In pondering the ongoing train wreck we call government these days, Lawrence Olsen made a sage observation.
Reflecting back on his years as a congressional staffer, Olsen noted, “In the years until about 1987-1989 … many of the leaders in Congress had served in World War II. These were the folks who had seen the real abyss, and although they were dedicated to public service in Congress, they had faced much more important and life-changing situations in the past. So, they could have partisan battles and, afterwards, gather with colleagues from the other side of the aisle and have a beer, because they were first of all Americans — not Ds or Rs, or from whatever section of the country. “
Olsen, executive vice president of the Texas Good Roads and Transportation Association, was one of the late Jake Pickle’s former press secretaries. Pickle served in the Navy during World War II. First elected to the U.S. House in 1963, Pickle certainly was only one of an army of veterans elected after mustering out in World War II. These days, he’d have a hard time drumming up a group with which to trade service stories.
Only 89 of 435 House members have served either on active duty or reserves. In the 100-member Senate, only 19 veterans are members of the most exclusive club in the world.
Though Iraq and Afghanistan vets appear to be staging a rally by seeking and winning office, the number of veterans in Congress has been in steady decline since the Vietnam years.
Those numbers explain a lot of things. It certainly tells me why the Veterans Affairs Department continues to get away with processing disability claims at glacial speed. And why families of GIs killed by shoddy defense contractor work get folded flags and transitory sympathy but the contractors don’t suffer financial consequence. Congress doesn’t even ask for the money back when contractors screw up — and then finds ways to give them more.
Members of Congress go into full-blown harrumph mode, but for all the bluster and table pounding, the VA stays unfixed.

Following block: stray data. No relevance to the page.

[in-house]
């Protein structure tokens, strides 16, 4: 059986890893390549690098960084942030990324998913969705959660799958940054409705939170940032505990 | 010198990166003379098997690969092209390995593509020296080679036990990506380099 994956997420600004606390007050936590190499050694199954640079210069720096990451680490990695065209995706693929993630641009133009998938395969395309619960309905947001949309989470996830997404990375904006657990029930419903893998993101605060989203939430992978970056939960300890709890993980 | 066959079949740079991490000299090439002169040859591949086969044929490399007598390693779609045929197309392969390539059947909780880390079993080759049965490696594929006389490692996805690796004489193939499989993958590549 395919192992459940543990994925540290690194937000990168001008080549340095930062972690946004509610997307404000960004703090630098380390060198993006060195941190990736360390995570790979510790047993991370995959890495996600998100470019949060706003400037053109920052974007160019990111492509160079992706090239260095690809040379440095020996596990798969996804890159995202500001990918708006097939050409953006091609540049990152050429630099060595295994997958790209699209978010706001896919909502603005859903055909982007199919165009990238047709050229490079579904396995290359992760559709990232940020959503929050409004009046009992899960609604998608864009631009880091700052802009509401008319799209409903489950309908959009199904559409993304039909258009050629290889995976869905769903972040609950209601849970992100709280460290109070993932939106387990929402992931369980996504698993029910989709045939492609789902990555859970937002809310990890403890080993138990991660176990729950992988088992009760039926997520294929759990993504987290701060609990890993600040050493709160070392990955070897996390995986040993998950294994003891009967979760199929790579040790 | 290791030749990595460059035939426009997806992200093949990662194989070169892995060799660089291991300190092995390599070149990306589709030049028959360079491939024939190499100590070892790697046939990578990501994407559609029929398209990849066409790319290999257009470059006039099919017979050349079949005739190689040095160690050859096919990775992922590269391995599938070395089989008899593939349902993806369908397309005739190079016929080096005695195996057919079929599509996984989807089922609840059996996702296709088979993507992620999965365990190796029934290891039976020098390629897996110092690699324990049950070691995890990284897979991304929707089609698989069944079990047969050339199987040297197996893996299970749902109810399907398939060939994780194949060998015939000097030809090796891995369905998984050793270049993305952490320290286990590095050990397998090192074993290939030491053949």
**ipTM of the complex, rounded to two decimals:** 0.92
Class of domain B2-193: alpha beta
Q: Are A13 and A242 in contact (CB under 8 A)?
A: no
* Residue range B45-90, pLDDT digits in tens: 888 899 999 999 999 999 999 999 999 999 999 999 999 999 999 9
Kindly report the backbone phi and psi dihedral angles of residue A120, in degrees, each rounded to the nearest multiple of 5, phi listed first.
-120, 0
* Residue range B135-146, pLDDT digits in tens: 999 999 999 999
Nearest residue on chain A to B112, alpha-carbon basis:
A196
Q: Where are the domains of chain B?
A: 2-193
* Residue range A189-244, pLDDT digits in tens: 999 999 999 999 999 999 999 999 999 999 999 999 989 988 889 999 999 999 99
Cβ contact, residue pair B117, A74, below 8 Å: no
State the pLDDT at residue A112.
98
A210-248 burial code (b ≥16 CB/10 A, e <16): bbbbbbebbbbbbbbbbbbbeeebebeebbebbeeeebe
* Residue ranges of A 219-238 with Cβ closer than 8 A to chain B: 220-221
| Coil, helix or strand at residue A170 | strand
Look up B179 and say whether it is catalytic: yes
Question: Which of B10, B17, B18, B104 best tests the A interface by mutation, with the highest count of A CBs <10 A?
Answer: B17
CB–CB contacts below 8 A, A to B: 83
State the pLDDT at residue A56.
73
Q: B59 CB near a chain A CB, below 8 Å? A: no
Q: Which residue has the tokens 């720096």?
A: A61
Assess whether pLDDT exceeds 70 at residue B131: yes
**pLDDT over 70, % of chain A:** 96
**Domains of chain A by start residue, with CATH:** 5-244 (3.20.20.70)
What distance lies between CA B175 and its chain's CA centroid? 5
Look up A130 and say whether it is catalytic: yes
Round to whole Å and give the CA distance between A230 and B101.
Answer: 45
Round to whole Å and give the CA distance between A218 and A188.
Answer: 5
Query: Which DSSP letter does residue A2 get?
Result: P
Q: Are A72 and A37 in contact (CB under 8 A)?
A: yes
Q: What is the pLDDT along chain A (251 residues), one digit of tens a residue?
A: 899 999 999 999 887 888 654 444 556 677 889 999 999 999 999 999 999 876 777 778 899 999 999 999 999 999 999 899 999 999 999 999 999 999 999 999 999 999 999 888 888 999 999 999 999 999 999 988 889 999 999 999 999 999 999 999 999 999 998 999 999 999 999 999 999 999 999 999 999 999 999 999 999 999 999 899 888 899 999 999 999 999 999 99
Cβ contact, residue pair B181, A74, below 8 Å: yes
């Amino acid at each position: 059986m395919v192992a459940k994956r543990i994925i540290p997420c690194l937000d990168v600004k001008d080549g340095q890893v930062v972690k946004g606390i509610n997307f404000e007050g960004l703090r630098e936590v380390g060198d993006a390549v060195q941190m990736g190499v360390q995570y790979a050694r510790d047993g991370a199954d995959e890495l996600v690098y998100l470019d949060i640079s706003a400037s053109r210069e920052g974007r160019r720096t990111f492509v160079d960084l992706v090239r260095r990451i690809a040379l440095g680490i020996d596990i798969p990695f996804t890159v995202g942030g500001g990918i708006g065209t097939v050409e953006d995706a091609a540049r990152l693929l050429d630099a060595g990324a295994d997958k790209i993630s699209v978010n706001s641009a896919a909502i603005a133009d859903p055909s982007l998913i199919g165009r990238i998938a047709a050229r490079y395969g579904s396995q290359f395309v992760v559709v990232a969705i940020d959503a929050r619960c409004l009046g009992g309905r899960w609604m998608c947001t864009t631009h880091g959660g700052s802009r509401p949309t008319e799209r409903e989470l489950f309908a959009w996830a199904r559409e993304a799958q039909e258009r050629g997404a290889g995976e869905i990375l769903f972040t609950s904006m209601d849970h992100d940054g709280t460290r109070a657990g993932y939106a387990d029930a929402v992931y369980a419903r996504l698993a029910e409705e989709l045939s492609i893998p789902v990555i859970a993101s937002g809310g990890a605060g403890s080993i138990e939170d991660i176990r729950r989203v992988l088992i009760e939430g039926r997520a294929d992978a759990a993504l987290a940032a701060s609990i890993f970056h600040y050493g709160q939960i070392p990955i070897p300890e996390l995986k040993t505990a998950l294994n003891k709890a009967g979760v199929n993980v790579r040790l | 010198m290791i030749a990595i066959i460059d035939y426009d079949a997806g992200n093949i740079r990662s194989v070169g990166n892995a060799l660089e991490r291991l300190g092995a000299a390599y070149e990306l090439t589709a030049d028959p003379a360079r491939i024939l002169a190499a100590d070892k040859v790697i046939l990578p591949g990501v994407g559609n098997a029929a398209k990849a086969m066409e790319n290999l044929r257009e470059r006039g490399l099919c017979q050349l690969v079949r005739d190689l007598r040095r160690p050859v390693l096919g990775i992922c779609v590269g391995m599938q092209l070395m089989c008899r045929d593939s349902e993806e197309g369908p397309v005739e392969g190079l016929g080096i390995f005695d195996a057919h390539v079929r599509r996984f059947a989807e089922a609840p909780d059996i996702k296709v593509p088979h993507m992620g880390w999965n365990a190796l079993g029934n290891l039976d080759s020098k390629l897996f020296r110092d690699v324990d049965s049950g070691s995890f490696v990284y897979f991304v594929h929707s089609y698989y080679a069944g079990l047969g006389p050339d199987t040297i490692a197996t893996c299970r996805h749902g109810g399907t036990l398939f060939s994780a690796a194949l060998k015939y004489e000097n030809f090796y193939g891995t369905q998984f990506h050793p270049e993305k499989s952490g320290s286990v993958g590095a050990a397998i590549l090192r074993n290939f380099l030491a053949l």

It also explains why members of Congress can’t quite get the hang of getting along. After all, they’ve never had to share a table — much less living space — with people from myriad backgrounds and whose viewpoints reflect the diversity of their experiences. Anybody who has ever lived in barracks knows it’s not all brotherhood and harmony, but military life is about achieving objectives, and that requires levels of cooperation — whether those cooperating like each other or not.
Since the end of the draft in 1973, fewer people have had to learn the basic people skills that are attached to military service. That, in turn, makes the pool of potential congressional candidates that much shallower.
Fewer people in public office — and journalism for that matter — know much about military life except that ex-GIs make dandy props. Doing something about the problems they have — well, that’s another story.
It’s been that way since Revolutionary War veterans started agitating for pensions they were promised but were never delivered. In 1932, there was a bloody confrontation between the active Army troops and the so-called Bonus Army of World War I veterans. And the band plays on.
Generations of vets have learned that the thanks of a grateful nation only go so far. To quote a line from Joseph Heller’s masterpiece, “Catch-22,” “Oh, well, sang McWatt, what the hell.”
We all had our reasons for putting on that uniform. Some of us enlisted, some of us were conscripted, and some had a little nudge from a judge.
Military service didn’t make us any better than anyone else, but we did what a lot of other people didn’t want to do. Some of us are prouder of that than others, but that experience bonds us — like it or not.
Monday brings Veterans Day and the usual fanfare. Impressive as the public ceremonies are, I would be more impressed with fewer speeches and more progress on disability claims and finding ways to divert veterans from homelessness and suicide.
It is heartening to look around and see more nonprofits stepping up to help vets who need assistance. The nonprofits can’t do it all, but it beats waiting around for Congress to move meaningfully on these issues. Sure, it’s going to cost money, but politicians should think about what it will cost to fix broken minds and bodies before pounding war drums.
It’s a lesson we’ll learn eventually. We’d learn it faster if more people who learned it the hard way served in Congress.
Other Veterans Day observations available on statesman.com/opinion.